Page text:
we are trying to achieve with our collaborators is translational
research that will improve the outcomes and quality of life of those who
live with MS,” she said.
“We are looking at the disease in a multidisciplinary way, from mechanisms in the laboratory, through to clinical treatment and prevalence of the disease at the population level. This will accelerate research in all those areas.”
Menzies, an institute of the University of Tasmania, has been researching MS for more than 20 years and now has more than 30 research staff and graduate research students working on the disease.
In collaboration with other researchers at the University and around the world, the Institute has been responsible for many breakthroughs in the disease, including understanding the link between UV exposure, vitamin D and MS risk.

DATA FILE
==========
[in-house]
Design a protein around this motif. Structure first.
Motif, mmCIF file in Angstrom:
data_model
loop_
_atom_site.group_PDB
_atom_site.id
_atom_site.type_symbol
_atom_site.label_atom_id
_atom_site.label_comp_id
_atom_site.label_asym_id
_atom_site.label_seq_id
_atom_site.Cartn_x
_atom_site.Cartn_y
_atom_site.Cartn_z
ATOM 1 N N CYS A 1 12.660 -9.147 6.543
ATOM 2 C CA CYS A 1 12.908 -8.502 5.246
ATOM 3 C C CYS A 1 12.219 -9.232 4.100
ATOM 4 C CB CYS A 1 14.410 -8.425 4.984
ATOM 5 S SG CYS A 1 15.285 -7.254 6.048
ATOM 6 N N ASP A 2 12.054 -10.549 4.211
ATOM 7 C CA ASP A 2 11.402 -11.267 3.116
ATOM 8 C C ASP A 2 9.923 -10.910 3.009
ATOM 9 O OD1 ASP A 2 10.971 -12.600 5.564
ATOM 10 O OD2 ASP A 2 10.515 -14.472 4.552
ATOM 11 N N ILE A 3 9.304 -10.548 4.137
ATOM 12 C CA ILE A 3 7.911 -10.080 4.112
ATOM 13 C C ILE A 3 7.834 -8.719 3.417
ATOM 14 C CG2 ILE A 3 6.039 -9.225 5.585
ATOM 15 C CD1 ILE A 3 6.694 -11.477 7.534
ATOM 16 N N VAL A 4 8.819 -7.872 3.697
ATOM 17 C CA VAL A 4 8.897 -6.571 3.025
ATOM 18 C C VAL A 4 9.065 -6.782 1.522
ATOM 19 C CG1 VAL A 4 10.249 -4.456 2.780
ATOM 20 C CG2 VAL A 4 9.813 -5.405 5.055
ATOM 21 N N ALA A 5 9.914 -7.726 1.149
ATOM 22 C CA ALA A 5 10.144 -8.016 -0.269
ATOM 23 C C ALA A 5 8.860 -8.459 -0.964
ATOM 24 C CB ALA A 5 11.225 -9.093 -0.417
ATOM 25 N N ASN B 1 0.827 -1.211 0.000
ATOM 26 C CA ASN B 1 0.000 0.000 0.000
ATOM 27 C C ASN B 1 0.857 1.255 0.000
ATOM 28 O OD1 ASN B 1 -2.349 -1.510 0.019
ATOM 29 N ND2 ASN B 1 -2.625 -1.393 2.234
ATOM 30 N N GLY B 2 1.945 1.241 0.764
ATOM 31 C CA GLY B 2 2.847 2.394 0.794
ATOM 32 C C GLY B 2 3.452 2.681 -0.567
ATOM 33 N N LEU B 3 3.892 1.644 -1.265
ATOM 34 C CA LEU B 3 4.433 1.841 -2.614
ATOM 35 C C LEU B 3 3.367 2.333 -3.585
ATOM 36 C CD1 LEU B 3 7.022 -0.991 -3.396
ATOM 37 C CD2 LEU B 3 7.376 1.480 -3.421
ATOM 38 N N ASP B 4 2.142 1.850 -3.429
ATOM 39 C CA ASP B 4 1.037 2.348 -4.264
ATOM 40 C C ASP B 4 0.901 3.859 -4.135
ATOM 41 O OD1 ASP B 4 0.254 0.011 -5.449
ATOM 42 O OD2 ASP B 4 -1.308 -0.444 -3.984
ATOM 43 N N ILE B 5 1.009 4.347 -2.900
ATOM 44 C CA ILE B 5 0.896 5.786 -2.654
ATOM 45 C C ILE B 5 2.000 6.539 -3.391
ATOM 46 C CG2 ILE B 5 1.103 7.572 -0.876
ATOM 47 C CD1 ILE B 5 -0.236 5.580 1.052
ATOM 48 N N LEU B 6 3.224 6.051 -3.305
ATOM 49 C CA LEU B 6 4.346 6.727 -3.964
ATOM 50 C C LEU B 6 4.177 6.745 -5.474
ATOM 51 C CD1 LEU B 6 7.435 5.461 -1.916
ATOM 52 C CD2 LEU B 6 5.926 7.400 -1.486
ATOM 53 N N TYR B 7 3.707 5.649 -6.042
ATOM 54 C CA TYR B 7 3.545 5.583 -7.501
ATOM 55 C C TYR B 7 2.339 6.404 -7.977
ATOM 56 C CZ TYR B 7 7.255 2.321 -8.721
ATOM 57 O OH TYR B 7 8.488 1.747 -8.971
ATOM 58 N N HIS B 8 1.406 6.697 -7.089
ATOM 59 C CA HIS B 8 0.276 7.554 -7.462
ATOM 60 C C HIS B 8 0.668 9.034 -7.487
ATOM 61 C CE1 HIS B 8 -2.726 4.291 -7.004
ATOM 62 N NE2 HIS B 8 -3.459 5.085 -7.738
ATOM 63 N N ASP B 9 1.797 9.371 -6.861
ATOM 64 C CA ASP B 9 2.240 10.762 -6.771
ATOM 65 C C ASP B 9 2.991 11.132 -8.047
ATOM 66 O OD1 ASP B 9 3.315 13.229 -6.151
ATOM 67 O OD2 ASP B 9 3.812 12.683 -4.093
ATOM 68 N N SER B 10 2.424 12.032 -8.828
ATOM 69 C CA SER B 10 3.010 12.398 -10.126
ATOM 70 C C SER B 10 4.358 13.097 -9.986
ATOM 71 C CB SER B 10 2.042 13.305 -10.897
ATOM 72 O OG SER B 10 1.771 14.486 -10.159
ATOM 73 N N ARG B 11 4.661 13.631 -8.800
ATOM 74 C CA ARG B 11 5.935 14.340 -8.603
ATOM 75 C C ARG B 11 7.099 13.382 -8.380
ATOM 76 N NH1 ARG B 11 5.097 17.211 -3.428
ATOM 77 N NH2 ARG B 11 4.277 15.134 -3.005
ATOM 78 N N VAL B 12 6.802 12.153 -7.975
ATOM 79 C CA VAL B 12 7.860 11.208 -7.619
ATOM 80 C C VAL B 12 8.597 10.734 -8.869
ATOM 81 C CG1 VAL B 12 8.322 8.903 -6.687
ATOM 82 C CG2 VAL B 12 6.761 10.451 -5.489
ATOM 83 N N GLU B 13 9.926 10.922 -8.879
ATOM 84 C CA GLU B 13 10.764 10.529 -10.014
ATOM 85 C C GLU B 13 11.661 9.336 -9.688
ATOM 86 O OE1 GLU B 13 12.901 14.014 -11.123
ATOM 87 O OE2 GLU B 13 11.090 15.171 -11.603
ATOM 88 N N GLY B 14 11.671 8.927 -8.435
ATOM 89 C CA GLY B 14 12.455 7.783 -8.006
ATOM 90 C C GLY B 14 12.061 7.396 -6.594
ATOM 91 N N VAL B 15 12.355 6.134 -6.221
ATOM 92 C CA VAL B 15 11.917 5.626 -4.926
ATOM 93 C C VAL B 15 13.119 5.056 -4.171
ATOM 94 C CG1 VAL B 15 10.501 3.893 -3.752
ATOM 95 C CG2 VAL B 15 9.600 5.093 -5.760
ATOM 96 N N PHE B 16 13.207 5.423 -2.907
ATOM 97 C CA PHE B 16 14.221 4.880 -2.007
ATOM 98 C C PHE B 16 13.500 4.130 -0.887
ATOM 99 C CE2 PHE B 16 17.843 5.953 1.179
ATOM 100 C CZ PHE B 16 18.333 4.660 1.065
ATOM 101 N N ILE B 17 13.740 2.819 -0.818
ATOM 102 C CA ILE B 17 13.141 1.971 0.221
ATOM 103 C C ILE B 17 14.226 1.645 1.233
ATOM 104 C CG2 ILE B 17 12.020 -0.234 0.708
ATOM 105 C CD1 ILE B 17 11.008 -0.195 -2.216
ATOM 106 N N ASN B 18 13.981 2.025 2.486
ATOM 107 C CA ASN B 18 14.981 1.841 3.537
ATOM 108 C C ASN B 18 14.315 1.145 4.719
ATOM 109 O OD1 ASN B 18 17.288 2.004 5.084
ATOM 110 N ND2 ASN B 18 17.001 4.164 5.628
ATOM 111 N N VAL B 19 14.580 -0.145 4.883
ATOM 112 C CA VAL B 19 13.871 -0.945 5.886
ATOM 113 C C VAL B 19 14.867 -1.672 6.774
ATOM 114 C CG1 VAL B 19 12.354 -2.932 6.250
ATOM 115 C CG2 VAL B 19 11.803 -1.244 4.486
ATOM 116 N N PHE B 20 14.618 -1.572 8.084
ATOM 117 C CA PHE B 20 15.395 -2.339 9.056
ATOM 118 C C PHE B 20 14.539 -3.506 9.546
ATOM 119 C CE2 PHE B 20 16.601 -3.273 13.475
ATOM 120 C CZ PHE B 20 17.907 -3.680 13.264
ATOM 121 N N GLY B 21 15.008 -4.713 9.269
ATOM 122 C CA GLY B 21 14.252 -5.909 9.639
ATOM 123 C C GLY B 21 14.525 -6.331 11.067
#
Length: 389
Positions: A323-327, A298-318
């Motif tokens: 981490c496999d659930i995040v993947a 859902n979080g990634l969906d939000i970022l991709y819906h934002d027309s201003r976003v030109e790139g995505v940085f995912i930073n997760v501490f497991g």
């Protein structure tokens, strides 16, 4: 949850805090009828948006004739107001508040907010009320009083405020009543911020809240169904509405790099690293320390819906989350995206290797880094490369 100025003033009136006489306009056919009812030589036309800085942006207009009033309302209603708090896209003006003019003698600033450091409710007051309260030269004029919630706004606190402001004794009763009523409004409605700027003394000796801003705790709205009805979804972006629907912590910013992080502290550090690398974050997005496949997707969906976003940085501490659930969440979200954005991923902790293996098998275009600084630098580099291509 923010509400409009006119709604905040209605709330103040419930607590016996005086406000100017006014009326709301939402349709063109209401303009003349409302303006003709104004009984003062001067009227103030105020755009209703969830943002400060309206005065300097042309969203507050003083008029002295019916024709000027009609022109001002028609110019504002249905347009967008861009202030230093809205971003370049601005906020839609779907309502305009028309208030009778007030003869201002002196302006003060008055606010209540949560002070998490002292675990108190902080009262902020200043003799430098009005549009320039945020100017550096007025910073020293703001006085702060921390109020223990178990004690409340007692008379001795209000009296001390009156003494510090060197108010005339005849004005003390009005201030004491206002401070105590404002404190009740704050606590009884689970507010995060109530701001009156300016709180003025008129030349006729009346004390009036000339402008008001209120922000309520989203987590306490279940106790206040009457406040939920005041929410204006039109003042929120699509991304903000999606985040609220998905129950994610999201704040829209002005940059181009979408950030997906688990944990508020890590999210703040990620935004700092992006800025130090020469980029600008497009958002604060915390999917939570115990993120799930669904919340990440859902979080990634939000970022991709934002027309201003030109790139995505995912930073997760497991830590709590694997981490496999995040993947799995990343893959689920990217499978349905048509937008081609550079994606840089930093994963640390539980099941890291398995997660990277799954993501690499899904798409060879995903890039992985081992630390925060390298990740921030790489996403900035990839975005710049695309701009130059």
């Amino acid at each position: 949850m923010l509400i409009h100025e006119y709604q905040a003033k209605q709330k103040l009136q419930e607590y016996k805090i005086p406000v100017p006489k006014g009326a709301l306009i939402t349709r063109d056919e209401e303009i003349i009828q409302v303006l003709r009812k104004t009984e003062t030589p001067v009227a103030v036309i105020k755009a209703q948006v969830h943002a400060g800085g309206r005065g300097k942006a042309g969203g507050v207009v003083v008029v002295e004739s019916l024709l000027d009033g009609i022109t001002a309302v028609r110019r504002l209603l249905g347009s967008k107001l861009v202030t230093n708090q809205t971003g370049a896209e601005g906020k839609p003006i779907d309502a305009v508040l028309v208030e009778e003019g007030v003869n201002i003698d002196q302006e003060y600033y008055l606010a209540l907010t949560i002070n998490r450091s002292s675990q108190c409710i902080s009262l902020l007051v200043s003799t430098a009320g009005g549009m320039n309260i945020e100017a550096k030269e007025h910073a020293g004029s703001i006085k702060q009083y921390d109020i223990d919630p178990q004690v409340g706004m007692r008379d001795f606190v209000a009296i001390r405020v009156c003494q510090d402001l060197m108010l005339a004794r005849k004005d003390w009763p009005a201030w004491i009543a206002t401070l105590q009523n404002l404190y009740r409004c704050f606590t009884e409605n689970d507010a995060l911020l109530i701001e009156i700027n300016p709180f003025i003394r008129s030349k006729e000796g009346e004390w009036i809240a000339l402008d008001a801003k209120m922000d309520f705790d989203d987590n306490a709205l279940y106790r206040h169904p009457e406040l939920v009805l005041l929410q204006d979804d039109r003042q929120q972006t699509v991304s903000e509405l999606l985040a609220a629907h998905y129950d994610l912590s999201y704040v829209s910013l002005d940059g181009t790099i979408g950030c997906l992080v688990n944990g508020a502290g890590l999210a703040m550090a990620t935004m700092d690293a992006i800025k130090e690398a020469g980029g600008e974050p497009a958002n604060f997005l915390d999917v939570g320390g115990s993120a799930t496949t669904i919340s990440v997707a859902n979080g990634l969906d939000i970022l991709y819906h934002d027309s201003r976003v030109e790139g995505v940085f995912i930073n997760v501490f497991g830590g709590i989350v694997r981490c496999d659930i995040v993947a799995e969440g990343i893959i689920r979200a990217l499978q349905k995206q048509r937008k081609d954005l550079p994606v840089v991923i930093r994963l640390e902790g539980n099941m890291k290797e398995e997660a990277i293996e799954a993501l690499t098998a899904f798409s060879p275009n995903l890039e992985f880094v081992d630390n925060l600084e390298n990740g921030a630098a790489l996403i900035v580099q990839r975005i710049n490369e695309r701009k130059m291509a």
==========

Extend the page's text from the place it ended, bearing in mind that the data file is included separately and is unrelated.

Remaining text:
“I would like to acknowledge that we have reached this point today through positive collaboration with MS organisations, MS researchers nationally and internationally, study participants and philanthropic donors,” Professor Venn said.
Tasmania has the highest prevalence of MS anywhere in Australia.
In a report for MS Research Australia released in 2018 Menzies researchers calculated that the number of people living with MS in Australia increased by just over 20 per cent from 2010 to 2017, from 21,283 to 25,607. The report found an economic cost of MS to the Australian community of $1.75 billion.
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